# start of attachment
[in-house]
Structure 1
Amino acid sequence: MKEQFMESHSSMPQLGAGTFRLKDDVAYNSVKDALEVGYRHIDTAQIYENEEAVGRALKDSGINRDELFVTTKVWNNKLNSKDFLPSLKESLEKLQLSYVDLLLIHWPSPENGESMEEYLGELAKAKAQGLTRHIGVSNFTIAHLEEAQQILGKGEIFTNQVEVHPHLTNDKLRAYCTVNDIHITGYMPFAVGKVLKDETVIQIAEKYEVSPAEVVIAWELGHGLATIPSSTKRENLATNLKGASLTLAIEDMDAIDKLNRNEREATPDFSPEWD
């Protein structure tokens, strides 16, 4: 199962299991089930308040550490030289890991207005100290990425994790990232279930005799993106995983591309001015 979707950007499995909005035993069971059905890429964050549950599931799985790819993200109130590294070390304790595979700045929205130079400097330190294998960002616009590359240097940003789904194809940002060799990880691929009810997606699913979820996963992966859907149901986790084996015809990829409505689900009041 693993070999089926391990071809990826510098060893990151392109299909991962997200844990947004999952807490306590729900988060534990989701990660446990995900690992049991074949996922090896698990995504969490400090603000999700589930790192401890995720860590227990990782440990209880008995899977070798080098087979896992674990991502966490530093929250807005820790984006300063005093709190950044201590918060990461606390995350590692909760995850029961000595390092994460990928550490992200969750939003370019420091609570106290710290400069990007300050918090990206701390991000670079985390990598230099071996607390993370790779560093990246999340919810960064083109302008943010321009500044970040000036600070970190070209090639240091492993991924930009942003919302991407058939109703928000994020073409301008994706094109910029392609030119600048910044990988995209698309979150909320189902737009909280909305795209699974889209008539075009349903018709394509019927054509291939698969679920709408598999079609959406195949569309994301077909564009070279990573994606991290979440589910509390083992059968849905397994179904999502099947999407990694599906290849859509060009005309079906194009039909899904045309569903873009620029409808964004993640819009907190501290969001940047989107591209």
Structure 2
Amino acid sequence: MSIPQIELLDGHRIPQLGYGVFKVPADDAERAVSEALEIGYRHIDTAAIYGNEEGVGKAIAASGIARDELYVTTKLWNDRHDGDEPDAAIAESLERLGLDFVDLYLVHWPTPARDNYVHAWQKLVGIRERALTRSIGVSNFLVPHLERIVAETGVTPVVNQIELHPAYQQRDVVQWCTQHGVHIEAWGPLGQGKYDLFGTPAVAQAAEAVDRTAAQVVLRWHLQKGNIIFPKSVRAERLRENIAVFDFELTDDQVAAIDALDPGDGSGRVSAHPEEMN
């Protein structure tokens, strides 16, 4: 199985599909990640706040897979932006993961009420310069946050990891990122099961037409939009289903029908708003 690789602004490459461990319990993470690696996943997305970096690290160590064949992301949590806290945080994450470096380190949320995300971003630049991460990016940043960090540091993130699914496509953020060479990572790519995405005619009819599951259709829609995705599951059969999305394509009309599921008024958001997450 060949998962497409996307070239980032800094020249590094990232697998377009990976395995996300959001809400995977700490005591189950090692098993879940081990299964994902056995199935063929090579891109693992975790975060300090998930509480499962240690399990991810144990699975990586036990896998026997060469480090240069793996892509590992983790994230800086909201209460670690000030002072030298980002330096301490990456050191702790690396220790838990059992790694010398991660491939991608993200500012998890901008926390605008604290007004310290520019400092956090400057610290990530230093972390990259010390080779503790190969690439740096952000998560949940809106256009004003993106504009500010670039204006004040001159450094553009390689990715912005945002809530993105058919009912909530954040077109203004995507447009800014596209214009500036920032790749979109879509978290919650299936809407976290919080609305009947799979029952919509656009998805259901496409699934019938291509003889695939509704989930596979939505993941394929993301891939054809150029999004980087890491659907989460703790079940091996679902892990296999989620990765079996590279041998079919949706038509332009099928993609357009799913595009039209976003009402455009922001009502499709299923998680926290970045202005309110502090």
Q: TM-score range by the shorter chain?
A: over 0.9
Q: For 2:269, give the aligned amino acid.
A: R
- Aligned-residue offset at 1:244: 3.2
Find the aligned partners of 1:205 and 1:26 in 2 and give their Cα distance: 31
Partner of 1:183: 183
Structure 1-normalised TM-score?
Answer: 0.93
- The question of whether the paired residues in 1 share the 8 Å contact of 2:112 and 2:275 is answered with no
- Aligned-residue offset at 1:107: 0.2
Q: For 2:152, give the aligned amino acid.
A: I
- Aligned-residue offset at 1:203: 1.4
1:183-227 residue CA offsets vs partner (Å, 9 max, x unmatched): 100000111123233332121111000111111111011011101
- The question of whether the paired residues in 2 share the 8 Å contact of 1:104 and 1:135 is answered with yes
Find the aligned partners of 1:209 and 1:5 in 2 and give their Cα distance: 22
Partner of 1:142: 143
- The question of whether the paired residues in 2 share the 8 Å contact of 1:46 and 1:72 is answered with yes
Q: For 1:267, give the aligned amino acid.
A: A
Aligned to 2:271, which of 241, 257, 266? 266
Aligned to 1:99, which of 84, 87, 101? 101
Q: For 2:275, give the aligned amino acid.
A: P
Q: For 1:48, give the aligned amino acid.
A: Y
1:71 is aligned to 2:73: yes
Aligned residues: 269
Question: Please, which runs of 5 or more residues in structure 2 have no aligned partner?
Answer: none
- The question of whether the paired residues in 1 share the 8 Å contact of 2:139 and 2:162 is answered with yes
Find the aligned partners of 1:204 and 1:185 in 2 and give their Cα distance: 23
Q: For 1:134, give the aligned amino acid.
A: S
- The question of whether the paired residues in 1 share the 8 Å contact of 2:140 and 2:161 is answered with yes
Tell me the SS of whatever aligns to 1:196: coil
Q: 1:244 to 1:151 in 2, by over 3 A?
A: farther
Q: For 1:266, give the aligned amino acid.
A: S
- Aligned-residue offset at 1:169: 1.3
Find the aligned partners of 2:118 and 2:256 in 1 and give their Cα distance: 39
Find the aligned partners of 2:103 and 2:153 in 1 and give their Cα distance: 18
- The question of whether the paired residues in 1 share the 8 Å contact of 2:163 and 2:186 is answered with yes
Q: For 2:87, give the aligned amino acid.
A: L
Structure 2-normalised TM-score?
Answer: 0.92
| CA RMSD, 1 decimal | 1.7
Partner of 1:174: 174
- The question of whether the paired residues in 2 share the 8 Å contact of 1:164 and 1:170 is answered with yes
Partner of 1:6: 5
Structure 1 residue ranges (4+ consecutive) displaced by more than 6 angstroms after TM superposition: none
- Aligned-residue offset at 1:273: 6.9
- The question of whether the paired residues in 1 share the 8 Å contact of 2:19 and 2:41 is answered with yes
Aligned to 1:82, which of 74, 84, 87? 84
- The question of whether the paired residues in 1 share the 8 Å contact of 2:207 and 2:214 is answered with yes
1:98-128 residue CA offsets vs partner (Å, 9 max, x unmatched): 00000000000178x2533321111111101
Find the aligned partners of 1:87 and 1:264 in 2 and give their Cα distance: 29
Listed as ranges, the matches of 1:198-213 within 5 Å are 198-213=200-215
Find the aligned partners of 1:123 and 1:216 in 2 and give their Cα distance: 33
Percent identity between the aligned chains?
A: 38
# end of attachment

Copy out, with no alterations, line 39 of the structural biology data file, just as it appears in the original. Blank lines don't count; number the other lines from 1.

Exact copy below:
- The question of whether the paired residues in 1 share the 8 Å contact of 2:139 and 2:162 is answered with yes